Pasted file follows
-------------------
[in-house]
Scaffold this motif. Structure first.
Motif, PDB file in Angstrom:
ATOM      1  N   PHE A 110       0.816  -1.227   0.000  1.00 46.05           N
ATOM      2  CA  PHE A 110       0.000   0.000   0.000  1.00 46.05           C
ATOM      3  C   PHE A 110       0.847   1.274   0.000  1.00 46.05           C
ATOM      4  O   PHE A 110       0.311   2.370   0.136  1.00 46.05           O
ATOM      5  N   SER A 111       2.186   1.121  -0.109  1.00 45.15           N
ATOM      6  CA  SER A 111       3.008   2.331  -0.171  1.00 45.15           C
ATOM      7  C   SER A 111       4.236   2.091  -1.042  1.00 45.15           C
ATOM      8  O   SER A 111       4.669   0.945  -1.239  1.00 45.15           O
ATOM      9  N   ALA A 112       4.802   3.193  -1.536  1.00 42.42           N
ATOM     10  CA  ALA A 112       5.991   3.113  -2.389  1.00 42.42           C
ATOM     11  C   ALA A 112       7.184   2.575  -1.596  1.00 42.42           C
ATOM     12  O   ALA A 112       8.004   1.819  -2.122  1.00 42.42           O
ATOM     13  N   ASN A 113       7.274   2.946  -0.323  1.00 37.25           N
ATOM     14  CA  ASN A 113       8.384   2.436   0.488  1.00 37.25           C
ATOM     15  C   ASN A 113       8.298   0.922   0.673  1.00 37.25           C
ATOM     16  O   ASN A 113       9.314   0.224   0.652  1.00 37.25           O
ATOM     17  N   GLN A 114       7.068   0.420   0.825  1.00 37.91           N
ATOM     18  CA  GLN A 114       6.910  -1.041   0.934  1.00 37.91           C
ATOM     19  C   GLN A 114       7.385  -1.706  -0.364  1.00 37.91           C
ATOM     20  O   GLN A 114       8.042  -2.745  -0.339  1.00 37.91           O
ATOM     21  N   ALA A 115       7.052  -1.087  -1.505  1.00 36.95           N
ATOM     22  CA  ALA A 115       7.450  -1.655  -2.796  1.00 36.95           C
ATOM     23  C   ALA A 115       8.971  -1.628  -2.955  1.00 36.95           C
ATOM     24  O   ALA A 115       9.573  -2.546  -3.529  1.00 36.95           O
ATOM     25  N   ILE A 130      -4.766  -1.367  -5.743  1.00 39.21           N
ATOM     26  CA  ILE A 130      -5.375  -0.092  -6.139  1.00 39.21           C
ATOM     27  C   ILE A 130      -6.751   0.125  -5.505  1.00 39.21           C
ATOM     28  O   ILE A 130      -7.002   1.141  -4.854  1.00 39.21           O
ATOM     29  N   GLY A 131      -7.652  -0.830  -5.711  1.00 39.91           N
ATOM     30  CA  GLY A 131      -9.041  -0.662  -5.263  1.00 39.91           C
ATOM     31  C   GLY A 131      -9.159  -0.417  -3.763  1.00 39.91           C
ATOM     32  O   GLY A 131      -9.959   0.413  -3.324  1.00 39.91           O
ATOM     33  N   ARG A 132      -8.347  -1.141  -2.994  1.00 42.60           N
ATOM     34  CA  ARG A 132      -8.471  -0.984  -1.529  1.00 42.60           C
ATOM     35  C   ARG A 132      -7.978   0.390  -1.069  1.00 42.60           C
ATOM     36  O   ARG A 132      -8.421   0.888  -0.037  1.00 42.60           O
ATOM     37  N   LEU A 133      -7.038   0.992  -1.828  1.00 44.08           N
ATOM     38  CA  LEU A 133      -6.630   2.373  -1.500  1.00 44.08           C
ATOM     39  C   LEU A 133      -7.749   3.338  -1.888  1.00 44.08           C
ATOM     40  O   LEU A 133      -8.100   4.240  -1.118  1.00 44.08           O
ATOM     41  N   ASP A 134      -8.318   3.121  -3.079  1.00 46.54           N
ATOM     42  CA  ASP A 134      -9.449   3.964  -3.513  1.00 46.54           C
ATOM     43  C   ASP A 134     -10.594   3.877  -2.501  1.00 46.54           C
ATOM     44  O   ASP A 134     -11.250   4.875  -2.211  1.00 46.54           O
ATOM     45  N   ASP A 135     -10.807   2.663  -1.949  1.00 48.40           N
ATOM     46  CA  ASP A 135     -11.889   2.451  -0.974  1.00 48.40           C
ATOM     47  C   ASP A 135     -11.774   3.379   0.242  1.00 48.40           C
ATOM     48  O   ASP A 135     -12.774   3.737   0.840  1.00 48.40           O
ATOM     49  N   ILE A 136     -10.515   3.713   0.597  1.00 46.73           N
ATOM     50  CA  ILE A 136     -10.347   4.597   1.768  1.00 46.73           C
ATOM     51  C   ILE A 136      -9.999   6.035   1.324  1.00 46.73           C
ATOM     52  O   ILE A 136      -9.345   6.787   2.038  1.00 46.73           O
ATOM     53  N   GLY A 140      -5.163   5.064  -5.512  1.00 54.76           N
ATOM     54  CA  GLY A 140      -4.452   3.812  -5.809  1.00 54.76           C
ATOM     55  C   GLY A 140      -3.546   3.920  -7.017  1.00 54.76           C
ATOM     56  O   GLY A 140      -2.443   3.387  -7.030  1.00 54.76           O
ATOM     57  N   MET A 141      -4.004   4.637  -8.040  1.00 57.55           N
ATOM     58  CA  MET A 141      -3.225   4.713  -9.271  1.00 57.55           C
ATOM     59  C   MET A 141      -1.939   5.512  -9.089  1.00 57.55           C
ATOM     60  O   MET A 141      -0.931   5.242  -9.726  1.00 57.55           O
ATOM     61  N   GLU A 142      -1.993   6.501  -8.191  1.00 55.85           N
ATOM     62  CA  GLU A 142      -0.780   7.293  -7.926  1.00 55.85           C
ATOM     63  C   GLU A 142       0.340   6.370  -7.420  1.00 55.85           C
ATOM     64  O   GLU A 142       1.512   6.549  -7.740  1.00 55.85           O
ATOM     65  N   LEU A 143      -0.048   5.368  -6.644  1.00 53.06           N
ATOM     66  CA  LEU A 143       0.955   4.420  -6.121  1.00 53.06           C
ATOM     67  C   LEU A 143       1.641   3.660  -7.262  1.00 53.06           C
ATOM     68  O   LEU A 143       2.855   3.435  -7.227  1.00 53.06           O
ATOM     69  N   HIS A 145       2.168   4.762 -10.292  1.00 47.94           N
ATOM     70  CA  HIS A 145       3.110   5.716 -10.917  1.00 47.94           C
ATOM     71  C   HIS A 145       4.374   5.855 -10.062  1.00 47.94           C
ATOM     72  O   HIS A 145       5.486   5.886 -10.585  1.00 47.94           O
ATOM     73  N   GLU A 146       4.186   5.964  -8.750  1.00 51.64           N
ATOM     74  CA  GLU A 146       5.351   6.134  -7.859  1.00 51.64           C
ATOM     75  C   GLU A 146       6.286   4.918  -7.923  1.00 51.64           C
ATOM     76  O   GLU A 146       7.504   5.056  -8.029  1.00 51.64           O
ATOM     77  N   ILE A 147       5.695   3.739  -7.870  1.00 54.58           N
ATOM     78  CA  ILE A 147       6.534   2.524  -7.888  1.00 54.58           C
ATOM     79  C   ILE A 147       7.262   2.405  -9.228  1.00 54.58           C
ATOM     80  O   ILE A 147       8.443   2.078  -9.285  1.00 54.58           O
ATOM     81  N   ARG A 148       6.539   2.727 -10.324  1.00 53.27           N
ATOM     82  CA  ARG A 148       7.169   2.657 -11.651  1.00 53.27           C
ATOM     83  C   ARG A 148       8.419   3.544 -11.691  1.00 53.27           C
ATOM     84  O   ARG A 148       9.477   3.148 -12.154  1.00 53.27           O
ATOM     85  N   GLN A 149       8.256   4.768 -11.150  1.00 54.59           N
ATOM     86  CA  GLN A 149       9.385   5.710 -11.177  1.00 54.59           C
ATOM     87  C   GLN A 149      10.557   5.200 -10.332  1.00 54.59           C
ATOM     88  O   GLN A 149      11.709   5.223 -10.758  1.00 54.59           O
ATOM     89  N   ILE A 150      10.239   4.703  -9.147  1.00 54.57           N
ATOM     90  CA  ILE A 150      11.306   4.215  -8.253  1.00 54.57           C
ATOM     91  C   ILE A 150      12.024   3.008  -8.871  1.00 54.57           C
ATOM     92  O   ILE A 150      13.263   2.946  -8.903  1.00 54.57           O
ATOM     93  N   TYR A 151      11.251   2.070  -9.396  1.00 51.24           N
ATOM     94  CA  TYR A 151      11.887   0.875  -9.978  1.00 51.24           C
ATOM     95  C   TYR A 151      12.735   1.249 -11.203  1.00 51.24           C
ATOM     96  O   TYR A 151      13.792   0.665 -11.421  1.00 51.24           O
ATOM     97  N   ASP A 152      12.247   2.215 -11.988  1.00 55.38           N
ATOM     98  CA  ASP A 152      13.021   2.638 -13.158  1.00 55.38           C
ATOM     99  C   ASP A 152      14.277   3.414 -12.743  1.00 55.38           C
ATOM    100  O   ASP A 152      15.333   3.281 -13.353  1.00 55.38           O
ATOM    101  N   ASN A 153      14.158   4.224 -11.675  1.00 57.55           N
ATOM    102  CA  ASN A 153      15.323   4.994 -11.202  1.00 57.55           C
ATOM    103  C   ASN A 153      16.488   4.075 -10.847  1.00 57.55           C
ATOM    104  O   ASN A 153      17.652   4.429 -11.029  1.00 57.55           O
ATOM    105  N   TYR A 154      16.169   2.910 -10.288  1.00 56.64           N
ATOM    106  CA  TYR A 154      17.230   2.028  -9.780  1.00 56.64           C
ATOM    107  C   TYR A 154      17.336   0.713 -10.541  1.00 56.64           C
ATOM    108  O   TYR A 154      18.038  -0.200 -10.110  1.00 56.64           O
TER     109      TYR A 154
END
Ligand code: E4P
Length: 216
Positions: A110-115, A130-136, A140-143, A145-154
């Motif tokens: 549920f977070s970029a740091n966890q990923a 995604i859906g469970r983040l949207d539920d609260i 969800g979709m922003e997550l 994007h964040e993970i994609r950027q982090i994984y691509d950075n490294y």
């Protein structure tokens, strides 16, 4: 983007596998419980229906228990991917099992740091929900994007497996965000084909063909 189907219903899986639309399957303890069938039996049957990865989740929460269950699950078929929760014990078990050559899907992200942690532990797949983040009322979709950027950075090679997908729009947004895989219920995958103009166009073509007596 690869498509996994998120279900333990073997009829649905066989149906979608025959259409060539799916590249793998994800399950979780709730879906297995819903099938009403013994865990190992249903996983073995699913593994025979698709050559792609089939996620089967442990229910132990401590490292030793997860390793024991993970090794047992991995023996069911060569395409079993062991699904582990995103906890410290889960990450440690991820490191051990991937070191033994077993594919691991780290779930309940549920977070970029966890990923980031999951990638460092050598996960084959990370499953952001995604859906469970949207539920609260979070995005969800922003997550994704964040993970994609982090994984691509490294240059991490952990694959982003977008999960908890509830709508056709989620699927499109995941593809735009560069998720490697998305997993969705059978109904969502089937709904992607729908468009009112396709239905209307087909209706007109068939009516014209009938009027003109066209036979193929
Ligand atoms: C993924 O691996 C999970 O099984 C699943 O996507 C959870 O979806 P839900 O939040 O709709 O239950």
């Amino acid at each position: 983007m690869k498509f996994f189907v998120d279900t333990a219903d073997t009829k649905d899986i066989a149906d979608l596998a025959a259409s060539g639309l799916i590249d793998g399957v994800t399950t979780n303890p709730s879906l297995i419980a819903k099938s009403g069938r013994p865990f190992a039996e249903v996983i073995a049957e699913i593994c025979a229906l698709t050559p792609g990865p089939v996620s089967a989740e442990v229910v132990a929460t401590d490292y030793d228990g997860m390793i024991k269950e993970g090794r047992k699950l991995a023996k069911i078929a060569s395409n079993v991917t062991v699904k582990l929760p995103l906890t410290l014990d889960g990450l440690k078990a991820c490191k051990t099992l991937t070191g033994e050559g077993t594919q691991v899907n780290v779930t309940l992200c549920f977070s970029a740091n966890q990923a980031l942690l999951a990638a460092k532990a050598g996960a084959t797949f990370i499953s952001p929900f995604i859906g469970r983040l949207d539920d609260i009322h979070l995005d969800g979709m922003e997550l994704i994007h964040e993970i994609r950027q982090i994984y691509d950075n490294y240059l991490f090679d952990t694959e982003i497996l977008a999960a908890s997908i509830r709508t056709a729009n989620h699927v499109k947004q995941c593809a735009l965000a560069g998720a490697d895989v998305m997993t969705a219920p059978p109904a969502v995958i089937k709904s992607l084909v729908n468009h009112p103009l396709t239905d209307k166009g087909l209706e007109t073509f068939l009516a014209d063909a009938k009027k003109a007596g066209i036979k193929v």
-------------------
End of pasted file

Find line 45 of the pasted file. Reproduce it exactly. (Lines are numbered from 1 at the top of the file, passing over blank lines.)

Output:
ATOM     42  CA  ASP A 134      -9.449   3.964  -3.513  1.00 46.54           C